HMRC launch raid on freelance workers

In the next chapter of HM Revenue & Customs (HMRC) versus the taxpayer, the Revenue will crackdown on organisations that use freelance workers to fill would-be full-time roles.

Employers that utilise freelance staff to fill full-time positions in an effort to avoid National Insurance Contributions (NICs) will be the focus of the investigation.

HMRC warned that if an organisation was found to be in breach of existing laws, it could be fined up to 100 per cent of the tax owed. According to the Treasury, it is currently owed more than £300 million in lost NICs.

A specialist tax team will be deployed to investigate so-called “umbrella companies”, which are used to pay staff and operate other unusual working arrangements that circumvent NICs.

Alexandra Mizzi, senior associate at law firm Howard Kennedy, said she believed the practice of using freelance staff is becoming increasingly widespread.

She said: “Research suggests that nine in 10 new jobs are described as self-employed, some of which genuinely are self-employed roles. But it does appear that some businesses are hiring staff whose working arrangements are indistinguishable from full-time employment, yet they are treated as having fewer employment rights.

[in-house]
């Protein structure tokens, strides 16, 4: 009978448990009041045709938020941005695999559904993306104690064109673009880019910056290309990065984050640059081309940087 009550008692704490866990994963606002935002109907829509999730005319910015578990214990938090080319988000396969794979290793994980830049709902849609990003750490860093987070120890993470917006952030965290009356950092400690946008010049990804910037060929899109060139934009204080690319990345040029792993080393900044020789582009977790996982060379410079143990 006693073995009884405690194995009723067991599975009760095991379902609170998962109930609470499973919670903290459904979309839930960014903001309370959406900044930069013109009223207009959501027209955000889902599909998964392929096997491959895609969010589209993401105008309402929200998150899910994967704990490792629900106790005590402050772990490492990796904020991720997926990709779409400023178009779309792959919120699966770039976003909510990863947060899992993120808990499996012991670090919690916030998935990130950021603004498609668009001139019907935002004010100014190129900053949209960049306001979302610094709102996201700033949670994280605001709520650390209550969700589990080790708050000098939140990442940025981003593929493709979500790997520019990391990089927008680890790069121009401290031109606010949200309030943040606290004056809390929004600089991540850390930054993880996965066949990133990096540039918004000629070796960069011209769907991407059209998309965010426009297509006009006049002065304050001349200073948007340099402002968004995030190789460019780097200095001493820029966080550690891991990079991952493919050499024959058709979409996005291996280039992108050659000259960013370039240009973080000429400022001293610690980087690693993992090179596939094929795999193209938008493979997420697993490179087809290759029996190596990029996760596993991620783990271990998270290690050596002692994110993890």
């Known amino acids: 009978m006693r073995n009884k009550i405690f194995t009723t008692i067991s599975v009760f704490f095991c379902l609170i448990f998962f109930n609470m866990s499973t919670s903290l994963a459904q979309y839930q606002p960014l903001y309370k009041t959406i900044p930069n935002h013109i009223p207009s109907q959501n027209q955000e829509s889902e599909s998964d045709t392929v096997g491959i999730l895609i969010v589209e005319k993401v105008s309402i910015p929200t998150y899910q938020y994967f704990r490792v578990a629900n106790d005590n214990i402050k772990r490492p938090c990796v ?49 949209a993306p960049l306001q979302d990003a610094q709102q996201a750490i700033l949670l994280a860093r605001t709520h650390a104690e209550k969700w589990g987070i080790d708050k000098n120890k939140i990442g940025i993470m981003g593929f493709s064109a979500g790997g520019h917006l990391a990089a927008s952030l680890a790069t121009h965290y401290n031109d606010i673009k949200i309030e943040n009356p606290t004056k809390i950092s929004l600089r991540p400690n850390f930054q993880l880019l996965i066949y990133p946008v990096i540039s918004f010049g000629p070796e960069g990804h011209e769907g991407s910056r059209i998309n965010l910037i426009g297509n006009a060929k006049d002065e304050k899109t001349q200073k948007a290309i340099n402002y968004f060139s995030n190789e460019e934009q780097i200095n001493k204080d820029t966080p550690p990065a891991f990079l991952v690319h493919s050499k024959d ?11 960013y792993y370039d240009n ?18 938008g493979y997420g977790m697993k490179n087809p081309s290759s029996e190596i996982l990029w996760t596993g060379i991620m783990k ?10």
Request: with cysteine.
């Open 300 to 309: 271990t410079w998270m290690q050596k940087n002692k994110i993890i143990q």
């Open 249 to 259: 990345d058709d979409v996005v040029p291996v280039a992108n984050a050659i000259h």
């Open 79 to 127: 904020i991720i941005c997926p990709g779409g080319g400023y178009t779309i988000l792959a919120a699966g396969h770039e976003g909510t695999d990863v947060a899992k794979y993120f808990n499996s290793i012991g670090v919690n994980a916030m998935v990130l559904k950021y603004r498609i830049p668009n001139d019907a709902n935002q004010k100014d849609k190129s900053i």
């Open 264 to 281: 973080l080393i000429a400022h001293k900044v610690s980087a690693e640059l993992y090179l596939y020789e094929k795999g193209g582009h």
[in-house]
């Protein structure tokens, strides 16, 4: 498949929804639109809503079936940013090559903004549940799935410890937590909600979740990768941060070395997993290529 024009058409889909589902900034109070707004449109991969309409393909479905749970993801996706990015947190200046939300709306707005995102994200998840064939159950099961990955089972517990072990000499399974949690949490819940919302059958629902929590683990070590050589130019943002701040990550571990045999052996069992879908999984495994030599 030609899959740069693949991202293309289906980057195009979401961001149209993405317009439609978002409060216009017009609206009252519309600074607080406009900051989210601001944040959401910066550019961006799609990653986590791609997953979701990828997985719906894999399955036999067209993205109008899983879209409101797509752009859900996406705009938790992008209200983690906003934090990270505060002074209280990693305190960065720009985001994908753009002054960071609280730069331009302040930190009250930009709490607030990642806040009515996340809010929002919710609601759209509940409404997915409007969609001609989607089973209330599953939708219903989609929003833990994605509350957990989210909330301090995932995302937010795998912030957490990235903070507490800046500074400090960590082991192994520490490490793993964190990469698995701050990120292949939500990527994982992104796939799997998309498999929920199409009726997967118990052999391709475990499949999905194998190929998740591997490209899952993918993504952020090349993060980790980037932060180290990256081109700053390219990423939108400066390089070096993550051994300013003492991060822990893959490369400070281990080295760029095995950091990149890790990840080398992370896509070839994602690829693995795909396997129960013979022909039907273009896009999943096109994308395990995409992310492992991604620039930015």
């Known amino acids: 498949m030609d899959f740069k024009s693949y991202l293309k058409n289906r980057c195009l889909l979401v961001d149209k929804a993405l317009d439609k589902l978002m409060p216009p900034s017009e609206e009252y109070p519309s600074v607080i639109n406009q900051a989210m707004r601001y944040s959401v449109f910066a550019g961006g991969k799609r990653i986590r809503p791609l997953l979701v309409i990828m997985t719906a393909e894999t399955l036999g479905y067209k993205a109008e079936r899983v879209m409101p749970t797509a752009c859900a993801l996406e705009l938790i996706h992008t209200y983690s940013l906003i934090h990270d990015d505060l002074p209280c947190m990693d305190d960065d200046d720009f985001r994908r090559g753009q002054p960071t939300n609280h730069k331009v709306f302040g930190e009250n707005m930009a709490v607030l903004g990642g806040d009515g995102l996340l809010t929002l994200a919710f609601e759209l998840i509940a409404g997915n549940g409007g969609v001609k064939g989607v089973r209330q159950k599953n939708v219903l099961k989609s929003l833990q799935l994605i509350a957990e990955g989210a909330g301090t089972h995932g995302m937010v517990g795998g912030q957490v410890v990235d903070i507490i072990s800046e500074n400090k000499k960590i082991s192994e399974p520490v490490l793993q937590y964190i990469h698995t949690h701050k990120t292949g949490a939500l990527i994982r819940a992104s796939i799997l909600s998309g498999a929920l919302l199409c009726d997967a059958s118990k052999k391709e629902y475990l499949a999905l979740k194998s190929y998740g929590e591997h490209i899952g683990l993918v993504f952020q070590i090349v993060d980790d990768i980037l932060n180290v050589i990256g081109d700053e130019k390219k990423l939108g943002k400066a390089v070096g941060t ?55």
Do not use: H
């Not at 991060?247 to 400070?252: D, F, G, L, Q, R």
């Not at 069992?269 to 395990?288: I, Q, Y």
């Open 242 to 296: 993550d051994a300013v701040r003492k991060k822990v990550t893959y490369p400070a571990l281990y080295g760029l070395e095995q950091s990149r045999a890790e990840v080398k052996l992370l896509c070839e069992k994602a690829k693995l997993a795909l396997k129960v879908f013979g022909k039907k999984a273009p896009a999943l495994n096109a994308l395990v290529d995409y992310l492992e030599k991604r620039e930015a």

“This is a real challenge for regulation because some workers are attracted by the independence and flexibility of the gig economy, but others are finding it impossible to find secure employment.”

Earlier this month, more than 100 BBC presenters were being investigated over whether they paid too little tax by working as freelancers, and not full-time staff.

An HMRC spokesperson said: “When the employment relationship does not accurately reflect the underlying reality of the relationship, the wrong tax is paid then we intervene to ensure the rules apply as parliament intended.

“While there can be many legitimate business reasons for workers being employed through their own companies, there are rules in place enabling HMRC to make sure people who provide their services in this way pay the right tax and National Insurance.”